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Wait, Who Leads the League in WAR?

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Generally, I consider myself a pretty peaceful guy. You know, picking daisies out of the ground to stick into the barrels of guns, that kind of stuff. But frankly, I love WAR. I love the concept. 

Now, as shocking as this may be, I'm in fact talking about Wins Above Replacement, and not some sort of violent military conflict. I personally prefer FanGraphs' incarnation of WAR for 2002 to the present, and Rally's WAR for historical data, which probably isn't surprising as these are the most commonly referenced WAR statistics available.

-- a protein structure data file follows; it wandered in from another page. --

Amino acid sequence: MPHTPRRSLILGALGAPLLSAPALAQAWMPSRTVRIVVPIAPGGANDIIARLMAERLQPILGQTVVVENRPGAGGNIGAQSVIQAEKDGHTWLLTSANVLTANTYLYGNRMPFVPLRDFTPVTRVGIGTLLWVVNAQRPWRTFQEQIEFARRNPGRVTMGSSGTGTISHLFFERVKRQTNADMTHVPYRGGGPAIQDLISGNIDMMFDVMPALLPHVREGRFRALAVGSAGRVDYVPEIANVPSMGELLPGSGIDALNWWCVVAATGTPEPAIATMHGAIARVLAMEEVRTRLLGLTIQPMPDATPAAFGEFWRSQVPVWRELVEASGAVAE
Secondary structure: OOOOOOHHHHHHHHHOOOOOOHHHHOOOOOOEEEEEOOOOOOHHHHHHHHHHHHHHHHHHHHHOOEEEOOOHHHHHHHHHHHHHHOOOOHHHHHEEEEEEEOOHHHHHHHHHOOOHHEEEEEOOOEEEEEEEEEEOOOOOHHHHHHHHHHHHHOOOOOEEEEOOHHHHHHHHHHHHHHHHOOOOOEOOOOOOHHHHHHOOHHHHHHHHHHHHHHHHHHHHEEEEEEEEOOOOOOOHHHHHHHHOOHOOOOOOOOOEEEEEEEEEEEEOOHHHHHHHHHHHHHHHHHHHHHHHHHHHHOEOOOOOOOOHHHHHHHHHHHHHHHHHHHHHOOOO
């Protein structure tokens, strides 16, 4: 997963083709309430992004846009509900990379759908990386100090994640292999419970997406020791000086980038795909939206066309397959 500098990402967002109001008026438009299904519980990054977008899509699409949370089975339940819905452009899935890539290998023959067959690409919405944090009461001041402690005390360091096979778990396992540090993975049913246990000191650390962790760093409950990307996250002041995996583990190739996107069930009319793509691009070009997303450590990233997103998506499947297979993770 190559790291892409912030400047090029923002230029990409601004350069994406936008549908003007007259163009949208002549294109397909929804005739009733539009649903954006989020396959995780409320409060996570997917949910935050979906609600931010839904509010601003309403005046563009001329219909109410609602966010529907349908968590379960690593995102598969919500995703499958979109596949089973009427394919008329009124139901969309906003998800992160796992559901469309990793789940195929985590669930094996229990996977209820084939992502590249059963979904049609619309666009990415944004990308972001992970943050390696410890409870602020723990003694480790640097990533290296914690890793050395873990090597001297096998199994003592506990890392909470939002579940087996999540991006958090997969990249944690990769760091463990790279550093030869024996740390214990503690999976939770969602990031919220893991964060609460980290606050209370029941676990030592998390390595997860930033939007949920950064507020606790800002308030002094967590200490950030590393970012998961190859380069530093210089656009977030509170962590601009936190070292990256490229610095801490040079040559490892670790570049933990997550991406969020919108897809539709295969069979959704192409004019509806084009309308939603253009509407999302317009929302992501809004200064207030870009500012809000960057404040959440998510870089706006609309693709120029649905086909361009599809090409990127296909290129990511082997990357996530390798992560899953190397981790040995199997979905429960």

So I was making my daily rounds through the WAR leaderboard over at FanGraphs, which don't include fielding data yet as UZR presents data weekly and we haven't completed a full week of baseball yet, and the two names at the top of the respective AL and NL lists were pretty surprising.

In the AL? Why, it's just Mr. Vernon Wells. He's 6-for-10 with four home runs, two walks, a hit-by-pitch, and a .929 wOBA, good for a 0.7 WAR thus far, just in terms of hitting. Pretty good for a guy who's owed $98.5 million over the next five years, he's a steal if he can keep this up.

In the NL? Of course, it's Sir Edgar Renteria. At 8-for-11 with a double and three walks, he's been an OBP machine thus far (.786 OBP, 10) and already has accumulated half of a win in value, a mere run of value ahead of Colby Rasmus. So this explains why Sabean gave him $18 million.

So yeah. Just as a reminder of how little a few games mean relative to the entire season, when we're talking about individual performance, I present to you the two most valuable players in each league of April 9th: Vernon Wells and Edgar Renteria. Go figure.